Out of joint

ARCTURUS is his other name,—
I ’d rather call him star!
It ’s so unkind of science
To go and interfere!

I pull a flower from the woods,—
A monster with a glass
Computes the stamens in a breath,
And has her in a class.

Whereas I took the butterfly
Aforetime in my hat,
He sits erect in cabinets,
The clover-bells forgot.

What once was heaven, is zenith now.
Where I proposed to go
When time’s brief masquerade was done,
Is mapped, and charted too!

What if the poles should frisk about
And stand upon their heads!
I hope I ’m ready for the worst,
Whatever prank betides!

Perhaps the kingdom of Heaven’s changed!
I hope the children there
Won’t be new-fashioned when I come,
And laugh at me, and stare!

I hope the father in the skies
Will lift his little girl,—
Old-fashioned, naughty, everything,—
Over the stile of pearl!

~Emily Dickinson
Image via Pexels.com

Let’s do another prompt! Because it’s NaNo season, and that’s how my brain is operating, apparently..

What I love about this poem is the way it articulates a sneaking suspicion that many of us have–that we were born in the wrong time, that our attitudes and priorities are so different from those of the majority that we’re not sure we belong here.

So your prompt is this–pick a character (sure, you could choose your MC, but what if you chose the villain?) and write about their favorite time in history that isn’t their own. Why does it appeal to them? Do they feel like they’d belong better there? What does this out-of-jointness say about them, and how does it affect their actions? dress? attitudes? behaviors? You might unlock something really interesting.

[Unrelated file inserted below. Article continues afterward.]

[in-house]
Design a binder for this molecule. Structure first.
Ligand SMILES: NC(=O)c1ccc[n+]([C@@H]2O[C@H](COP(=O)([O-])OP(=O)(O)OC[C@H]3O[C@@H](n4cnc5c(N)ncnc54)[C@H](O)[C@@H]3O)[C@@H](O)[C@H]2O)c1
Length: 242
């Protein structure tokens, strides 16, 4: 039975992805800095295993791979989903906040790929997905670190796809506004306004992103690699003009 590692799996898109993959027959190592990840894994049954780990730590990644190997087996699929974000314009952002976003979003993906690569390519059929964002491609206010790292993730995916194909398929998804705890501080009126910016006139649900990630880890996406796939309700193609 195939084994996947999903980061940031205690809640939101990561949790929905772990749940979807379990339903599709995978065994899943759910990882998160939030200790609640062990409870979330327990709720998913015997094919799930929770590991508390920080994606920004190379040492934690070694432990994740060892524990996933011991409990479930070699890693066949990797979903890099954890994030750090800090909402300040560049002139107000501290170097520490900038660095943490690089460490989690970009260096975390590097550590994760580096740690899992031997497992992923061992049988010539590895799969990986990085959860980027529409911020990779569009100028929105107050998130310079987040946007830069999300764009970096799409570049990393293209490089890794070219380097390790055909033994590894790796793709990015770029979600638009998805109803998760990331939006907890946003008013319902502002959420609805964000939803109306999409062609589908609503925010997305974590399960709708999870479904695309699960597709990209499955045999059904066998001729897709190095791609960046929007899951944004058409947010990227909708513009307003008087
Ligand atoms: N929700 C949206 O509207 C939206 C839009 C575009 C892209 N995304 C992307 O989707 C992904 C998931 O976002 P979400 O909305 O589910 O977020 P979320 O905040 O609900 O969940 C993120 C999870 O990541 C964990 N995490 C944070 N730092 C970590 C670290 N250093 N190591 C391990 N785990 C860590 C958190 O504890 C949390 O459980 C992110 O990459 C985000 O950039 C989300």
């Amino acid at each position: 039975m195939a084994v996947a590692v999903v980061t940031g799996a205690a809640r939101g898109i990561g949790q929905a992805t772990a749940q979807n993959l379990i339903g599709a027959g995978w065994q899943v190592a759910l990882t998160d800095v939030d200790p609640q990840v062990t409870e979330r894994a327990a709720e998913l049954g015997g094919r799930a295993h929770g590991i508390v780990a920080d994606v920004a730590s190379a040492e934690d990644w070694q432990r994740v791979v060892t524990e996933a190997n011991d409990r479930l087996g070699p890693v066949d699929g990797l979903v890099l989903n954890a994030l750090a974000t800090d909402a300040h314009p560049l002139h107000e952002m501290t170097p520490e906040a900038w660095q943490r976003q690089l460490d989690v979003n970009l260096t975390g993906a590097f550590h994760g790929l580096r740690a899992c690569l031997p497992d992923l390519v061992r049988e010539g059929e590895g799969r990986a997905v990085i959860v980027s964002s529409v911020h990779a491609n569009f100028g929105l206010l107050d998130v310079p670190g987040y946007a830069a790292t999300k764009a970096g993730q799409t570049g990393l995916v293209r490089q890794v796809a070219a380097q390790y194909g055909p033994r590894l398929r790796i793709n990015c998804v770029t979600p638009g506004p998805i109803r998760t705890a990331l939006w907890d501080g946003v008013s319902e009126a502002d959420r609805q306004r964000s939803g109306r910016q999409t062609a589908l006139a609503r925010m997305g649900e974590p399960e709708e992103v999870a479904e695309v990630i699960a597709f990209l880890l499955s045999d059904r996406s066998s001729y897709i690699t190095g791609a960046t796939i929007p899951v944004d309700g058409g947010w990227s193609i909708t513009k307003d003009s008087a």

Day of the Dead

The distance that the dead have gone
Does not at first appear;
Their coming back seems possible
For many an ardent year.

And then, that we have followed them
We more than half suspect,
So intimate have we become
With their dear retrospect.

~Emily Dickinson

This seems an appropriate poem for today, when the Day of the Dead concludes. When someone has died, that they are gone at first seems impossible. As time passes and the loss settles into our bones, we wonder if we have joined them. You can read this on different levels–the pain of grief, the wishing to be with the departed, the fact that they take pieces of us with them…The last two lines are intriguing–“So intimate have we become/With their dear retrospect.” I wonder if Dickinson is talking here about the way we change the dead in our memories–we become familiar with their retrospect rather than hanging onto them exactly as they were. Memory is tricksy, and we alter the dead in our imagination.

Shipwreck

IT tossed and tossed,—
A little brig I knew,—
O’ertook by blast,
It spun and spun,
And groped delirious, for morn.

It slipped and slipped,
As one that drunken stepped;
Its white foot tripped,
Then dropped from sight.

Ah, brig, good-night
To crew and you;
The ocean’s heart too smooth, too blue,
To break for you.

~Emily Dickinson

Image via Pexels.com